The Endless Moon

A. Molotkov

My ass looms over four stories as I hang backwards out the window, held in that position by two fellow privates in order to relieve myself. I don’t feel exceptionally comfortable trusting these two with my life, but there is no choice. I have dysentery. My diarrhea demands immediate attention, but the barracks bathroom is out of service. It’s dangerous to go to the outhouse at night because soldiers from other regiments are known to ambush and mug the unwitting victims of digestive problems. Not much to gain, but even parts of your uniform might be at stake. If any component of your attire ends up lacking, superiors instruct you to “give birth” to its replacement. Most realistically, this means stealing it from someone else. This instruction is not legal, but everyone is aware that in the 1986 Soviet Union, nothing is. The Soviet Union has five years to go until its collapse, but we don’t know that.

The sergeant improvises the window method and assigns my two assistants. They barely know me and don’t care if I die, but it’s clear that there will be trouble for all if they drop me. The state I am in, the act of defecation takes only a few seconds. They drag me back inside. The area underneath is not in use; it has become a semi-landfill, home to discarded concrete blocks, odd metallic structures bright with rust. Here, my modest contribution will not cause a stir.

In the present, my American friends ask if the act of shitting in that manner is a gesture, a symbolic dump upon the military, the Soviet Empire. Retrospectively, it becomes so. But at the moment, it doesn’t feel like a gesture. Just relief.

The Soviet Army has swallowed me for two years. The USSR is not a democratic country. Conscientious objections are not allowed. Normally, military service is deferred for college students, with a significantly slimmer chance to be enlisted as an officer after graduation—a much less painful life than a private’s. But my turn to be eighteen falls upon a two-year period when the deferment is suspended. I am summoned to arrive with my things. Only a few toiletries are allowed. It’s a lovely June day. My family and friends see me off. A school bus takes me away into another life, the kind I am absolutely unprepared for. We are briefly stationed in a gloomy building where a team of barbers shaves our hair off. After hours of waiting, another school bus transports us to the airport. Is the school metaphor intentional?

A crowd of future soldiers is loaded on a plane and shipped across the continent, from St. Petersburg to Siberia. I’m numb with fear and resignation as the flight hours roll on.

The notion of time being as artificial as it is, I’m intrigued by the thought that life could be considered to happen all at once, all causal relationships relinquished. I sense my younger selves present in me, dormant, connecting me to my memories. Even now, in the present, I feel as if some part of me is still wearing a Russian military uniform, getting up at 6:30 every morning, counting the days, longing for the time when my two-year sentence is over.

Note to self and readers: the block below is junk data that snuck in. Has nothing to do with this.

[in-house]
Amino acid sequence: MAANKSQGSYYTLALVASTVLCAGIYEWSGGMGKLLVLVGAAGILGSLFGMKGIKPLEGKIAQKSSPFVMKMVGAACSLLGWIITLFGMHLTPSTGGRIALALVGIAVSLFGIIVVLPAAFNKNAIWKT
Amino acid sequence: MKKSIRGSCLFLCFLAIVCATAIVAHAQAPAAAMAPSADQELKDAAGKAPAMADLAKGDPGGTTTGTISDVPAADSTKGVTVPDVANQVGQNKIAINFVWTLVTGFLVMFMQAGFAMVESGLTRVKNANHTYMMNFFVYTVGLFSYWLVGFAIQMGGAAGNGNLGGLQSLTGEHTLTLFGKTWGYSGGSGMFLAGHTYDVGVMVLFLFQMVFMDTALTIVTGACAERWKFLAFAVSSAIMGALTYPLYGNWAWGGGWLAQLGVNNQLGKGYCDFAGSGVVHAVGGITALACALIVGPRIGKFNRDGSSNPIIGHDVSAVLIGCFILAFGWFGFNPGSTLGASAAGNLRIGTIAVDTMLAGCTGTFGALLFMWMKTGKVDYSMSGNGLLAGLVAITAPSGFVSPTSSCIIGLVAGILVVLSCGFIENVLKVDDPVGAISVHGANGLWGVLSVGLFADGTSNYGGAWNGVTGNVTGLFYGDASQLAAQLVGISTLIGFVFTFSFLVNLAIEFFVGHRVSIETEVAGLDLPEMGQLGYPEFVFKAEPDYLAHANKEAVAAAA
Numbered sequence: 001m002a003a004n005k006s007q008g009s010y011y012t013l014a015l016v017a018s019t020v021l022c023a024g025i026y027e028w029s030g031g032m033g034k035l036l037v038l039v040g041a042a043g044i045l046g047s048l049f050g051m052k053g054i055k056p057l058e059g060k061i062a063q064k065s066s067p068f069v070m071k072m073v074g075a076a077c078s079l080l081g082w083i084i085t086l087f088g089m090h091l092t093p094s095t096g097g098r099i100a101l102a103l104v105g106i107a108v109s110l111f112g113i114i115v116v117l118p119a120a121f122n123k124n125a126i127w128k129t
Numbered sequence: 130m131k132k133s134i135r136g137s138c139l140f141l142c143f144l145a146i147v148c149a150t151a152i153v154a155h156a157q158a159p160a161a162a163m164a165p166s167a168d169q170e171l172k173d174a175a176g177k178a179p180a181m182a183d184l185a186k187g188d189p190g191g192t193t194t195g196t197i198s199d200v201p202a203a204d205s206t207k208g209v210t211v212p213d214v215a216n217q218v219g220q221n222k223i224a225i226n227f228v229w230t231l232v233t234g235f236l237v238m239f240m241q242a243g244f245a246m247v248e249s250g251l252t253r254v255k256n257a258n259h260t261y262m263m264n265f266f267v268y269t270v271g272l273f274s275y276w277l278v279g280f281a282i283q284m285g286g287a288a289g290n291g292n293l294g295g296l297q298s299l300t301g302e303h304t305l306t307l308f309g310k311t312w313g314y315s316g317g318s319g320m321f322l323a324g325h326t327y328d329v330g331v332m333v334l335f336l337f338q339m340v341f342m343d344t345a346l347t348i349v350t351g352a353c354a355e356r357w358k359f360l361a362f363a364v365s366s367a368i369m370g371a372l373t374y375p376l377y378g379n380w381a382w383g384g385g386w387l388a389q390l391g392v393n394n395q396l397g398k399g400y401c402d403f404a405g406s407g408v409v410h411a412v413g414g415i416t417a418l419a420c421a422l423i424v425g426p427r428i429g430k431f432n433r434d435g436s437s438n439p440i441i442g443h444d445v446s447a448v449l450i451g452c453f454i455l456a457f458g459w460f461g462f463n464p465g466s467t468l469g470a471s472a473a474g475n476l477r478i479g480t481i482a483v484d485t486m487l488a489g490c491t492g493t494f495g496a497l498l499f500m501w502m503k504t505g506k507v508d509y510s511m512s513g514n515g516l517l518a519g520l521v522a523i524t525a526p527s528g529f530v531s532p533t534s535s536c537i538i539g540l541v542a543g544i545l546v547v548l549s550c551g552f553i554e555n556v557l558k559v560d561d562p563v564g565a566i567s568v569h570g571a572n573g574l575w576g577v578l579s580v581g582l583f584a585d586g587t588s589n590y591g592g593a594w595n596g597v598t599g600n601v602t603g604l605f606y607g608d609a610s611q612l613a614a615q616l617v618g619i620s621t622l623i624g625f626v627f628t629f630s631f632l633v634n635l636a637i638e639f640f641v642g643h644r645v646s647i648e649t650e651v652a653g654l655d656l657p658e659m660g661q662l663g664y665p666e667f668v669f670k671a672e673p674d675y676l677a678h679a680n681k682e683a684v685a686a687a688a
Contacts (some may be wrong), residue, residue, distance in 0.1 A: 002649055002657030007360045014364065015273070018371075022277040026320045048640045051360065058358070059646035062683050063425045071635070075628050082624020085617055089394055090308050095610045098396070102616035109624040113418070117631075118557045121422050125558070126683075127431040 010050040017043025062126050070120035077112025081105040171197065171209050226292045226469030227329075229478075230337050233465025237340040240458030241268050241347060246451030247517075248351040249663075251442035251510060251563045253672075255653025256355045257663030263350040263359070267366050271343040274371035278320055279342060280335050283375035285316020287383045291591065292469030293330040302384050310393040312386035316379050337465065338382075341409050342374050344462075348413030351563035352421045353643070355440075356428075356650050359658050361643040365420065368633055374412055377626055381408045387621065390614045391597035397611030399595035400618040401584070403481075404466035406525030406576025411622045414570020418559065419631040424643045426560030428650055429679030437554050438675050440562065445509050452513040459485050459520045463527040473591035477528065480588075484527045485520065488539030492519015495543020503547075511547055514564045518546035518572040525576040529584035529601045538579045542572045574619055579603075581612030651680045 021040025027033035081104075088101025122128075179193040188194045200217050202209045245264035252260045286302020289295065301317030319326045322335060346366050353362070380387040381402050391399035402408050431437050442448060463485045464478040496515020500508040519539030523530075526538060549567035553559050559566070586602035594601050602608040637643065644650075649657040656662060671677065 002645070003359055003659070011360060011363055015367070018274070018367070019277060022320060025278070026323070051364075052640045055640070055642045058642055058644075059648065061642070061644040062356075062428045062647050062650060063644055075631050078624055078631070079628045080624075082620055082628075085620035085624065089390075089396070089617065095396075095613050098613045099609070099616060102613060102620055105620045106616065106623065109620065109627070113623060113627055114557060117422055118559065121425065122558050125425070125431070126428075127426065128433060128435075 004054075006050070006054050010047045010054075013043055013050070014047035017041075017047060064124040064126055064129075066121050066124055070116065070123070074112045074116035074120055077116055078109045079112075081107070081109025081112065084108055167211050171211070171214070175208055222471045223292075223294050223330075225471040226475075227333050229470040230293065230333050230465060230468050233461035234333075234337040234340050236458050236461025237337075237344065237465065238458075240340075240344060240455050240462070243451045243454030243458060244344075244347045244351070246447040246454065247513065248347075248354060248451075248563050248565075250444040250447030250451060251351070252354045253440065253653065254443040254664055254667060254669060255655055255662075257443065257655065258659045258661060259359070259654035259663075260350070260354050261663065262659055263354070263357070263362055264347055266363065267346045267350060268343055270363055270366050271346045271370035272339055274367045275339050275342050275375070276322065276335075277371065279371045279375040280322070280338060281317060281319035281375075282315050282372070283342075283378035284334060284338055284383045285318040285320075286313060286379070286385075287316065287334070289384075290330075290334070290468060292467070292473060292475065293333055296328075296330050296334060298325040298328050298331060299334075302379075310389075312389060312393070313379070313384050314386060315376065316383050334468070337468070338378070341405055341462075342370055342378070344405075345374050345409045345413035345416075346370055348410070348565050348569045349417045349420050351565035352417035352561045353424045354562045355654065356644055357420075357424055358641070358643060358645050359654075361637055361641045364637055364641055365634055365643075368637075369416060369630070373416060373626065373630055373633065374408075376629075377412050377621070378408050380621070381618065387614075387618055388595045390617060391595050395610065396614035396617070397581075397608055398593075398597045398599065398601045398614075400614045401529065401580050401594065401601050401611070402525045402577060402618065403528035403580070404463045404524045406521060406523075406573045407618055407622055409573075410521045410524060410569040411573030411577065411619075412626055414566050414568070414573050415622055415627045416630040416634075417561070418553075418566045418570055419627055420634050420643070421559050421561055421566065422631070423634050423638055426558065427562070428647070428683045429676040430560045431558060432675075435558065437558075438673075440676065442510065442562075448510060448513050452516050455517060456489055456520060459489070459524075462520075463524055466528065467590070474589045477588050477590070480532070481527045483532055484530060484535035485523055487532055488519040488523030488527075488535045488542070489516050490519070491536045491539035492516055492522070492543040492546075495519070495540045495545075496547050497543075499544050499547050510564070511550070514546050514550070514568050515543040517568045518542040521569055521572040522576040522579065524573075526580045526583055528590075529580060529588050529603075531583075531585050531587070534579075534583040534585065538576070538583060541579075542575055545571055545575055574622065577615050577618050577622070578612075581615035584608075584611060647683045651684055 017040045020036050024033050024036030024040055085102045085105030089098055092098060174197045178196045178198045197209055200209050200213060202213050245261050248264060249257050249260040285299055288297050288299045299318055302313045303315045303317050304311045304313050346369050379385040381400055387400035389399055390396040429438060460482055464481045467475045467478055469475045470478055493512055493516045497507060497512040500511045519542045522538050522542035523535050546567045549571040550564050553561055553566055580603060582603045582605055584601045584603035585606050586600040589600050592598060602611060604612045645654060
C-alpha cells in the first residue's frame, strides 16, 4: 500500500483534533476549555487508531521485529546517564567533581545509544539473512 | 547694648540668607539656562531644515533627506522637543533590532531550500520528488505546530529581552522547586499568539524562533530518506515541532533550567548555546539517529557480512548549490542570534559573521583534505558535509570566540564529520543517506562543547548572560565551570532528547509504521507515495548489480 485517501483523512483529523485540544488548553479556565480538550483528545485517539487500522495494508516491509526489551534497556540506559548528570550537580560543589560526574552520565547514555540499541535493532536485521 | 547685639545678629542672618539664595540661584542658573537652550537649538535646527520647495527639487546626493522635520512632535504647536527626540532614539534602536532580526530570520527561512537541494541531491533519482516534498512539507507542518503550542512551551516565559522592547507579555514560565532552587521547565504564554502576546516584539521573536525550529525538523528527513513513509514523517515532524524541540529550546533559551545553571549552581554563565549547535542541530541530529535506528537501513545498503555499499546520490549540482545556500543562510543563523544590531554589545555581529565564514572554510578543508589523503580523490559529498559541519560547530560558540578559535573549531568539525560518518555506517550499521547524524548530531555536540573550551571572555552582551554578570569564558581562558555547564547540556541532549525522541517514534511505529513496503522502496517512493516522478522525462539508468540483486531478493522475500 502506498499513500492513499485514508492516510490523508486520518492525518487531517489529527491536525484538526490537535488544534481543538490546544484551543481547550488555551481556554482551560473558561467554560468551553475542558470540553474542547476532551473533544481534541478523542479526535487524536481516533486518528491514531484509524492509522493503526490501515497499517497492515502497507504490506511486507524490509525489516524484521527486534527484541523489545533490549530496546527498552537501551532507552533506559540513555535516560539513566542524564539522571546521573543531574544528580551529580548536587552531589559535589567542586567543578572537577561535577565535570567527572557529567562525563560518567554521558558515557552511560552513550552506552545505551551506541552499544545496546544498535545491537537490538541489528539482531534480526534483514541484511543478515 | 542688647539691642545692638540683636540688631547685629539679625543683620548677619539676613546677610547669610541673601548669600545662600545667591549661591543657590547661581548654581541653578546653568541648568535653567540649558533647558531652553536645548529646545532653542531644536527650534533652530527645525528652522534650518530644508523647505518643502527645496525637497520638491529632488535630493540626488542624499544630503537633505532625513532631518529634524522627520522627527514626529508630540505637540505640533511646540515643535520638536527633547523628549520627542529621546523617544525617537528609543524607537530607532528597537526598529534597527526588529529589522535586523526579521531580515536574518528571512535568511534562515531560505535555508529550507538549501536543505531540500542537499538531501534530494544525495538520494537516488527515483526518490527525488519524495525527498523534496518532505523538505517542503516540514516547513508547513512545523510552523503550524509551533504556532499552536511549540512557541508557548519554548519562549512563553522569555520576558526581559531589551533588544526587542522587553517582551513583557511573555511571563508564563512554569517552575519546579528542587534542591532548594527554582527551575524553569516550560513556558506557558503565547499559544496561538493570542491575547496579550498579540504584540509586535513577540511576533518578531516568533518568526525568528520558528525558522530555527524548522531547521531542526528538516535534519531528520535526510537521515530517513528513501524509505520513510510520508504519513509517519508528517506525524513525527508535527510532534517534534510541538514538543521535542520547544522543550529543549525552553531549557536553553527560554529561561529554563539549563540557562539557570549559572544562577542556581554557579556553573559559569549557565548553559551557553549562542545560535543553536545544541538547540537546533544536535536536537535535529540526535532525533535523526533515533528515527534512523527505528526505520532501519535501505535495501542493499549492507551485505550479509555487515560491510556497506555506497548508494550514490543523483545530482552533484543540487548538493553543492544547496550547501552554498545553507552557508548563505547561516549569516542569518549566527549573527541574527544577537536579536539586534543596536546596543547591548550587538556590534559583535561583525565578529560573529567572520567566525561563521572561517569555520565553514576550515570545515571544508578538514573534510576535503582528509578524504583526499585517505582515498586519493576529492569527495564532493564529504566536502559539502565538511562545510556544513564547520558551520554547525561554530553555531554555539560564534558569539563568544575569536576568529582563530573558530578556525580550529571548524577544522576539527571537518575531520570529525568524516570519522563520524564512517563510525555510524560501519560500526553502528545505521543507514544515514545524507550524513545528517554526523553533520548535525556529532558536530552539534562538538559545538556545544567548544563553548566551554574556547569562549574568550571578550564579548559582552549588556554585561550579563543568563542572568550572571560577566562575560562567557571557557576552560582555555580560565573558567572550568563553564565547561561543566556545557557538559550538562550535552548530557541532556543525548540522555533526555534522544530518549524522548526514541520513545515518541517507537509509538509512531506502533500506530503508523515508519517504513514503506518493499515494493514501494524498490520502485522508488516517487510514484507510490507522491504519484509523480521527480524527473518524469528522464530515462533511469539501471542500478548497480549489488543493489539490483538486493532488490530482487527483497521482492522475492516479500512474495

But nothing is ever over.

I wake up, and the future is a horror story. Here I am, in an army boot camp, four thousand miles from home: a slave, a workhorse, an errand boy. I’m not as brave as two of my good friends who slit their wrists, imitating suicide and thus getting a medical discharge on psychiatric grounds.

Outside the unlucky minority making a mess in Afghanistan, the military is being used as a free workforce, undernourished and minimally clothed. I will dig trenches for electric cable and water pipes. I will load and unload heavy things, paint walls, carry furniture for officers moving homes. I will not hold a gun in my hands more than once or twice. This part is OK with me: I don’t like guns.

My college acquaintance will be killed in Afghanistan. I remember him as an awkward kid without a morsel of humor, a ridiculous figure, a frequent character in our jokes. In the present, it’s odd and frightening that the previous sentence is a near-complete description of my relationship with another human being, a relationship that cannot be amended.

My current self also ponders how strange it is that the same country became a target of my new homeland’s military operation—and some American soldiers have died there. The second war wouldn’t have occurred without the first. How did I happen to move from one superpower to another? I am certain that the military experience contributed to my disenchantment, my decision to emigrate just two years after my discharge, to opt for a new life with $243, a suitcase, and a box of LPs.

Many Afghanis have died.

I did not die.

Each time a memory is invoked, it is optimized in our brains: missing details filled in, transitions between the scenes polished. What I remember may not be exactly what happened, yet it represents what my current self holds to be true.